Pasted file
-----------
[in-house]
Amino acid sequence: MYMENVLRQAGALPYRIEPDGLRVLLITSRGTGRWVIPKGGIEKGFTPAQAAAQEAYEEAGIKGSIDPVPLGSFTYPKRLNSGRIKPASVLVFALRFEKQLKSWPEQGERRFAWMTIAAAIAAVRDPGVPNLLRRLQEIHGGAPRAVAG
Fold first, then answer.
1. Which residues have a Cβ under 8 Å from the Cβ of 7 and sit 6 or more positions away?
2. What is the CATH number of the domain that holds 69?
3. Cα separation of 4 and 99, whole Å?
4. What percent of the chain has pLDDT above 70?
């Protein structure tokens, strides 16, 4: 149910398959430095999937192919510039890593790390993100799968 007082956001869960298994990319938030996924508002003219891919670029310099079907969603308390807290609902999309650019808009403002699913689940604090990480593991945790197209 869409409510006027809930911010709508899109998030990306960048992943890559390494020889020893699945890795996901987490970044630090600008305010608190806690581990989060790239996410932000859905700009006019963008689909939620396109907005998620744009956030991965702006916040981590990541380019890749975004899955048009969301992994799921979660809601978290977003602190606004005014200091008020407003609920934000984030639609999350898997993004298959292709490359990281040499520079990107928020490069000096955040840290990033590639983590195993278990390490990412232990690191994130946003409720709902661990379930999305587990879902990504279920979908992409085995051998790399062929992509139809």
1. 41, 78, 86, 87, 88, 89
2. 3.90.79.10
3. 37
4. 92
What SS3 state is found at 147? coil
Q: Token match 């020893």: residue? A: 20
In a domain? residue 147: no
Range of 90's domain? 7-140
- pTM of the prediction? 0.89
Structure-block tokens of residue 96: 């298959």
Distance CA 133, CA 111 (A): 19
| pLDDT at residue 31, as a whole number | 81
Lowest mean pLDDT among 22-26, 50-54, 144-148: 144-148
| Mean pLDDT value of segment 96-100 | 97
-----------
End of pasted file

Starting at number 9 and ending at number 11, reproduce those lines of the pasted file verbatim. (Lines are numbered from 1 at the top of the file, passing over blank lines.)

1. 41, 78, 86, 87, 88, 89
2. 3.90.79.10
3. 37